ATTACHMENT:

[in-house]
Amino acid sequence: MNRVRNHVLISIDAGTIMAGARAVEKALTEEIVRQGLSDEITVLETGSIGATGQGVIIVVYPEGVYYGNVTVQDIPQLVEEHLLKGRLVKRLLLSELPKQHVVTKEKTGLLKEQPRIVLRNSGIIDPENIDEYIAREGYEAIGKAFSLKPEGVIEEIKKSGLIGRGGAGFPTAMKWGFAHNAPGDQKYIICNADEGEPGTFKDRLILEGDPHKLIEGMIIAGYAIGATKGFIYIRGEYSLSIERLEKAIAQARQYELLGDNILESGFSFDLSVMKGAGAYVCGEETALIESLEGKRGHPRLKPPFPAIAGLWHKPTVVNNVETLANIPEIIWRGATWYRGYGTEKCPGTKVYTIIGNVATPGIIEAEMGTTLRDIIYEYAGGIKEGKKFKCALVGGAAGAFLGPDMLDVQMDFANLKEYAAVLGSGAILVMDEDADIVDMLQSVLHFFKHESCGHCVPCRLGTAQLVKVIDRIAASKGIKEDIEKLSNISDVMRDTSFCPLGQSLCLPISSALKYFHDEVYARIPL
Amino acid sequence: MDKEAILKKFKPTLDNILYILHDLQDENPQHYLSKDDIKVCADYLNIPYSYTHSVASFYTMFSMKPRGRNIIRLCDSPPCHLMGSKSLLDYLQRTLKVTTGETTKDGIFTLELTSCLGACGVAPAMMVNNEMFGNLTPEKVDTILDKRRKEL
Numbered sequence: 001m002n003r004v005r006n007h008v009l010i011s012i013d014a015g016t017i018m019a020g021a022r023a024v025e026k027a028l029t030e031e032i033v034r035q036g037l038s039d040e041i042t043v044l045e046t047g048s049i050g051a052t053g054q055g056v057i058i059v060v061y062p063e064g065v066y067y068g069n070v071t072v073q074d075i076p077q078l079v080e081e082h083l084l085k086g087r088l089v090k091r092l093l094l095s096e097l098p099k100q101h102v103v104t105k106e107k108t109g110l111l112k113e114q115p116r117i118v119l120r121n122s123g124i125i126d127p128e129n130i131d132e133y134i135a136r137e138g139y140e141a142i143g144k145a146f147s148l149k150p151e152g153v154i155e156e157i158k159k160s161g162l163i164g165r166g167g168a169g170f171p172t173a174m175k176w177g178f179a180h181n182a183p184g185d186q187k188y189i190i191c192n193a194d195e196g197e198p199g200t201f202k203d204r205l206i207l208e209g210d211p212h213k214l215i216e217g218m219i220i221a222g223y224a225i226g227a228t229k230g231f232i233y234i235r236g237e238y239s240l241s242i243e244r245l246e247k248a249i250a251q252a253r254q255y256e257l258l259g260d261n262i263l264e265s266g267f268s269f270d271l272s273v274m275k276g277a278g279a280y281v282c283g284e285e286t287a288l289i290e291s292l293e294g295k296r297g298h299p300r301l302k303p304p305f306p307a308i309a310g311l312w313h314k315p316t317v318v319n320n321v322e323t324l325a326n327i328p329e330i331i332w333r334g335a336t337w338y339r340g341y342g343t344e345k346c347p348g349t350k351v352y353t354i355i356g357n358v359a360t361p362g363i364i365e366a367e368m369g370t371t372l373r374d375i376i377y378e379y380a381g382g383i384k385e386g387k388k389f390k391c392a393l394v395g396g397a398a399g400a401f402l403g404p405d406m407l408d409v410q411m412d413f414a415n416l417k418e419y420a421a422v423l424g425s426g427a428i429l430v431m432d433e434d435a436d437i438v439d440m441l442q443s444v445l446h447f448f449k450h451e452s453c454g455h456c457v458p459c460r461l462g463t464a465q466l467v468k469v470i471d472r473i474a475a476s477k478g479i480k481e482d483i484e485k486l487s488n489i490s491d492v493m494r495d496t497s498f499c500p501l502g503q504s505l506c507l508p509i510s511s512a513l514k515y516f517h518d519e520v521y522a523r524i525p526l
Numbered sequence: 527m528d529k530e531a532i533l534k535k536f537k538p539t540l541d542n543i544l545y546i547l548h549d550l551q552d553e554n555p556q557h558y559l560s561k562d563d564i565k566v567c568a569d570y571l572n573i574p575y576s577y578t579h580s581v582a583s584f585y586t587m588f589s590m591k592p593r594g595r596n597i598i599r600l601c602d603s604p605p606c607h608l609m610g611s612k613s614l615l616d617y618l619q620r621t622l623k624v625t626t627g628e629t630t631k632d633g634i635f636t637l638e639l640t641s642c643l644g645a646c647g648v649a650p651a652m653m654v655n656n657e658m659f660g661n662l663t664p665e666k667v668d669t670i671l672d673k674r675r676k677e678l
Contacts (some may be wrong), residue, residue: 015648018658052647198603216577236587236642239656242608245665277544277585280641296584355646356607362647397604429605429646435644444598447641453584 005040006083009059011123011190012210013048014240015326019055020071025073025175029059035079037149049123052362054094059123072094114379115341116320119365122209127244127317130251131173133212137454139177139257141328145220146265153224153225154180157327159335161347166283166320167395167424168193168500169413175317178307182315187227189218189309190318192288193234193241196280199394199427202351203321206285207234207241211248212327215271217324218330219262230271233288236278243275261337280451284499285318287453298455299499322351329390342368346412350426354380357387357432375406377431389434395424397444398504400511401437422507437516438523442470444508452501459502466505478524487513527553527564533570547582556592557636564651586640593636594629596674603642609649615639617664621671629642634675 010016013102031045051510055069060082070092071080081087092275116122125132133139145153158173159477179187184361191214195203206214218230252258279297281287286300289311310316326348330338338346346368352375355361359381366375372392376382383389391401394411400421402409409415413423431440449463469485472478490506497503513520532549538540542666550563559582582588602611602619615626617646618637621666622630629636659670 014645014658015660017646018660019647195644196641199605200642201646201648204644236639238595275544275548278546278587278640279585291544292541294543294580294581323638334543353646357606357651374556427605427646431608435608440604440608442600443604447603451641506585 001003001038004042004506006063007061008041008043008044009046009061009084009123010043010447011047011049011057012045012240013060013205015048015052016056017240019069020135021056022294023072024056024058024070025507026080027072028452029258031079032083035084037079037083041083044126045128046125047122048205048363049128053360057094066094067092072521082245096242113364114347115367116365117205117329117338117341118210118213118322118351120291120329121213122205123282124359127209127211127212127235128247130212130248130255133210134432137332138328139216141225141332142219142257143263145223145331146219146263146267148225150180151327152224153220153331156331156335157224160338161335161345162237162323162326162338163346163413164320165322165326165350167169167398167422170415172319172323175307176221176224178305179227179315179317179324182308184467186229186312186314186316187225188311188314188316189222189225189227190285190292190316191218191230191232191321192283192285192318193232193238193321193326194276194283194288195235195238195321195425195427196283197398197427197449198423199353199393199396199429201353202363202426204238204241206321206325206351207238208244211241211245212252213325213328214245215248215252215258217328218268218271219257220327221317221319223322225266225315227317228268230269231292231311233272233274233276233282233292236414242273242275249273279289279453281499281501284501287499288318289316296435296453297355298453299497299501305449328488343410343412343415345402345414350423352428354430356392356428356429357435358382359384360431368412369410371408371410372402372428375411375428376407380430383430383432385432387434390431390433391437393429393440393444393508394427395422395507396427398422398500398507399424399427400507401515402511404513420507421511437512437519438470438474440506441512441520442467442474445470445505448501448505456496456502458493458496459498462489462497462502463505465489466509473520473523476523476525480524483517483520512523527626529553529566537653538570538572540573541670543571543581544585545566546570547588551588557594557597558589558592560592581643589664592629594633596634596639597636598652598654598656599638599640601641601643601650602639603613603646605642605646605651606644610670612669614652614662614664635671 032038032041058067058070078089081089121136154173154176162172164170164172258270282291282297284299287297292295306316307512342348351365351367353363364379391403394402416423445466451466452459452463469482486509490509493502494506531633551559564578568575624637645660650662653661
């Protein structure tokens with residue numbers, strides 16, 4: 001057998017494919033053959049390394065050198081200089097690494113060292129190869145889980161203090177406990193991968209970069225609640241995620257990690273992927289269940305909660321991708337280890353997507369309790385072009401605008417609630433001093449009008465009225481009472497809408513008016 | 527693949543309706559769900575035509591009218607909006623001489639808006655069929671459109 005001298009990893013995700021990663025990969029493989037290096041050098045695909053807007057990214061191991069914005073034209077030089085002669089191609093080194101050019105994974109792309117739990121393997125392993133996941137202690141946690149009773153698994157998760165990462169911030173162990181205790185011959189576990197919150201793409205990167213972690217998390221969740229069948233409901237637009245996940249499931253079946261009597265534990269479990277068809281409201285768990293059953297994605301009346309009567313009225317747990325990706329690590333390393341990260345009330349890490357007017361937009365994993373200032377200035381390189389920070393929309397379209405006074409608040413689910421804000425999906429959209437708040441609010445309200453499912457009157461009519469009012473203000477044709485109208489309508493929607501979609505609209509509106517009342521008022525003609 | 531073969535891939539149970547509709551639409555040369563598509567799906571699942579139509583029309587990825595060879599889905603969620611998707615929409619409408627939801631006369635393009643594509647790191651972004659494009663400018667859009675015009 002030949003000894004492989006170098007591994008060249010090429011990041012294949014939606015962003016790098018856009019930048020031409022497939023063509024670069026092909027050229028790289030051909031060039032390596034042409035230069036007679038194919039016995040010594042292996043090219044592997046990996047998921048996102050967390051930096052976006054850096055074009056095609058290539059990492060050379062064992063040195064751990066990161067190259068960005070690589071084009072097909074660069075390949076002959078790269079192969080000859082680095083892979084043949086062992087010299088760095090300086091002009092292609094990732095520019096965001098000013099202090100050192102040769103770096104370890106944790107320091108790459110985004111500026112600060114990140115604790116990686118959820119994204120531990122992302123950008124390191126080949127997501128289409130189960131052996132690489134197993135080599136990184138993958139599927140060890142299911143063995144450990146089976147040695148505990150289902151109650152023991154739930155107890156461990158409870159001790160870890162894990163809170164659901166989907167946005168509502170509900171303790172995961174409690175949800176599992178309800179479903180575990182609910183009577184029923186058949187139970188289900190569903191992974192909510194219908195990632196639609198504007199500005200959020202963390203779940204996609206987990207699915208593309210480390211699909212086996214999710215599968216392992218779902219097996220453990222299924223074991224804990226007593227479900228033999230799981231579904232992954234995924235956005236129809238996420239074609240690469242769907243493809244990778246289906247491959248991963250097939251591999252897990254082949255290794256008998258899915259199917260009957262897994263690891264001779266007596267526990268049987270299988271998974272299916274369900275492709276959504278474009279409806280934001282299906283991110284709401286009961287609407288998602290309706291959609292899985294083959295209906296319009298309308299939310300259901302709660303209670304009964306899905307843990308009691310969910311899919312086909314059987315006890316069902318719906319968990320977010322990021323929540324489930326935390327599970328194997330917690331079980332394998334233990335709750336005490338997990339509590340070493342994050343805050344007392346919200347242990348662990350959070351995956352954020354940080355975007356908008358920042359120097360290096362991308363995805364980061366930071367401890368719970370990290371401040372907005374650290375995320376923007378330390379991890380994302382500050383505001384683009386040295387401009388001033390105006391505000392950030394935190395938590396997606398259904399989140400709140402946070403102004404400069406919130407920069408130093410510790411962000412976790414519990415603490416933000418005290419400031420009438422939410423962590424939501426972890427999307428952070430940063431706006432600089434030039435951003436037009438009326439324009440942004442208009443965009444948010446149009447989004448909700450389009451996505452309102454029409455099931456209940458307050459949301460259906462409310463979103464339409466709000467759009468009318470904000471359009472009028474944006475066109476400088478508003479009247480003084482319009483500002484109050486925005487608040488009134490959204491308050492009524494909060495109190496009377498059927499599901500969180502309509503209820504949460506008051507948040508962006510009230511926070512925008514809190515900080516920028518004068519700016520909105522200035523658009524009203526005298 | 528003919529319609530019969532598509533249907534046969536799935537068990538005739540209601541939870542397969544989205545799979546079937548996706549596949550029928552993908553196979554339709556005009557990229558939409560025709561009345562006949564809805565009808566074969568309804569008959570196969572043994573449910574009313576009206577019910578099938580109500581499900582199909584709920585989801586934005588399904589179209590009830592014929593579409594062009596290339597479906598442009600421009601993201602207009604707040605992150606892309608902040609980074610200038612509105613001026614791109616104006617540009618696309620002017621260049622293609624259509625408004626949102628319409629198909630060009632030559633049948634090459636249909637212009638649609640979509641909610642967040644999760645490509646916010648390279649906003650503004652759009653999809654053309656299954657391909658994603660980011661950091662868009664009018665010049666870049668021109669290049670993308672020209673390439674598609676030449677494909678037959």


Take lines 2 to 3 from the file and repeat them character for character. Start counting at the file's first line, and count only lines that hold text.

Amino acid sequence: MNRVRNHVLISIDAGTIMAGARAVEKALTEEIVRQGLSDEITVLETGSIGATGQGVIIVVYPEGVYYGNVTVQDIPQLVEEHLLKGRLVKRLLLSELPKQHVVTKEKTGLLKEQPRIVLRNSGIIDPENIDEYIAREGYEAIGKAFSLKPEGVIEEIKKSGLIGRGGAGFPTAMKWGFAHNAPGDQKYIICNADEGEPGTFKDRLILEGDPHKLIEGMIIAGYAIGATKGFIYIRGEYSLSIERLEKAIAQARQYELLGDNILESGFSFDLSVMKGAGAYVCGEETALIESLEGKRGHPRLKPPFPAIAGLWHKPTVVNNVETLANIPEIIWRGATWYRGYGTEKCPGTKVYTIIGNVATPGIIEAEMGTTLRDIIYEYAGGIKEGKKFKCALVGGAAGAFLGPDMLDVQMDFANLKEYAAVLGSGAILVMDEDADIVDMLQSVLHFFKHESCGHCVPCRLGTAQLVKVIDRIAASKGIKEDIEKLSNISDVMRDTSFCPLGQSLCLPISSALKYFHDEVYARIPL
Amino acid sequence: MDKEAILKKFKPTLDNILYILHDLQDENPQHYLSKDDIKVCADYLNIPYSYTHSVASFYTMFSMKPRGRNIIRLCDSPPCHLMGSKSLLDYLQRTLKVTTGETTKDGIFTLELTSCLGACGVAPAMMVNNEMFGNLTPEKVDTILDKRRKEL